Things they don’t teach you at business school: Grow Facial Hair

The New Year brings news of a boom in facial hair implants in Istanbul. Follically-challenged men are coming from all corners of the Middle East to bolster their beards and multiply their moustaches. For a cool $2,300, those looking for wives or social advancement can buy themselves a head start at one of the city’s cosmetic surgeries – there are even special hair transplant tour packages, estimated to bring in 50 Arab tourists a day.

‘Thick hair is a status symbol,’ one cosmetic surgeon told the Guardian. Another, who is optimistically hoping to expand his operations to smooth-skinned Europe, reported: ‘Both in Turkey and in Arab countries facial hair is associated with masculinity, and its lack can cause social difficulties. Businessmen come to me to get beard and moustache implants, because they say that business partners do not take them seriously if they don’t sport facial hair.’

Global Dashboard readers planning business ventures in the Middle East – male ones anyway – take note.

The US religious right: losing clout, but still holding the world to ransom on sustainability…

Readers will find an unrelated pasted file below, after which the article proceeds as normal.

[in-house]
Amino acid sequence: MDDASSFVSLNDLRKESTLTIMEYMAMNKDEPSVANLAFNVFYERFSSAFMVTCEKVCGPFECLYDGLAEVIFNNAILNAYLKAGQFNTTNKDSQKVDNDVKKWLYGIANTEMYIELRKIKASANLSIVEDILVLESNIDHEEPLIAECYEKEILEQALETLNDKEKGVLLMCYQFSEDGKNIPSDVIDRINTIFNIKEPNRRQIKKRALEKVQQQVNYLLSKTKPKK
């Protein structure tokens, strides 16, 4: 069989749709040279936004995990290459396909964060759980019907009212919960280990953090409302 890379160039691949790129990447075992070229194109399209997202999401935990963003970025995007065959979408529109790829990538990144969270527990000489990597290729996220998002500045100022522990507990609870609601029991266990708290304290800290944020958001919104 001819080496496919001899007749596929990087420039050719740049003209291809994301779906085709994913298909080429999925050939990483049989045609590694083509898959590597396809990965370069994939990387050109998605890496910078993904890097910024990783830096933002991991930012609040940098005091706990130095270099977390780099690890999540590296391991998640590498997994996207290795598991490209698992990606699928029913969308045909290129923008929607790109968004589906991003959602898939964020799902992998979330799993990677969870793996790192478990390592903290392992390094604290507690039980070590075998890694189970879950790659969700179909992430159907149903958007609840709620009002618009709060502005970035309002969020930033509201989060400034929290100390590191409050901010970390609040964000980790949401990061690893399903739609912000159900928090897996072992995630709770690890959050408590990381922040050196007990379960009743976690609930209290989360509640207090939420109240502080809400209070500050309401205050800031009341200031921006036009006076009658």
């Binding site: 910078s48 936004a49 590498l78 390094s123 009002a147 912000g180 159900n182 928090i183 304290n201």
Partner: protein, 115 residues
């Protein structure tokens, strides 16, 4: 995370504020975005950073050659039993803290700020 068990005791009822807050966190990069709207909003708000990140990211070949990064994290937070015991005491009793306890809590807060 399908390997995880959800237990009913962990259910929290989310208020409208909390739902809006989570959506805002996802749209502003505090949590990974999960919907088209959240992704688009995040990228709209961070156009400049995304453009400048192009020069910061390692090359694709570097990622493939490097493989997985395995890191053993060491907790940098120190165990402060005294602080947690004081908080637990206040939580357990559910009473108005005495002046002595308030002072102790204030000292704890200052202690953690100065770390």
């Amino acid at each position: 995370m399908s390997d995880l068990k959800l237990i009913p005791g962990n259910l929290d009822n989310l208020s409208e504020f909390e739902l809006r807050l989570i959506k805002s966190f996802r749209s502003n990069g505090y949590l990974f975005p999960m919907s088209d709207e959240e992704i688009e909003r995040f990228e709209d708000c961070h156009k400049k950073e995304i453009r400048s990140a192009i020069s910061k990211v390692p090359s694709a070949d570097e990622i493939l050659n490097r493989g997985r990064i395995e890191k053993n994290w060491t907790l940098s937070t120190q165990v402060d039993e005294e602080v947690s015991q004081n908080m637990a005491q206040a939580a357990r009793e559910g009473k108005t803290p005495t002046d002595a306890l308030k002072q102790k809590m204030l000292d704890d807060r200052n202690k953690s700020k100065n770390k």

The received wisdom about the Tea Party is that it’s pretty different in character to the old Moral Majority style religious right that was such a huge factor in US politics in the 1980s. But not all that different, it turns out.

Polling undertaken in 2010 by the US-based Public Religion Research Institute found that 47% of Americans who consider themselves part of the Tea Party movement also said that they are part of the religious right or conservative Christian movement; and two years later, a poll by the same organisation undertaken just before the 2012 election found that 79% of voters in Romney’s coalition were white Christians – among whom white evangelicals were by far the largest component.

As a result, Protestant fundamentalists views and concerns continue to shape Republican positions on climate change and environment policy. Despite moves among some US evangelicals towards much more progressive positions on the environment, this remains the exception rather than the norm. Another 2012 PRRI poll included data suggesting that – wait for it – nearly 65% of white evangelical Protestants believe that the severity of recent natural disasters is evidence of Biblical end times (rather than human-caused climate change); and 55% of Republicans say the government should not do more to address climate change.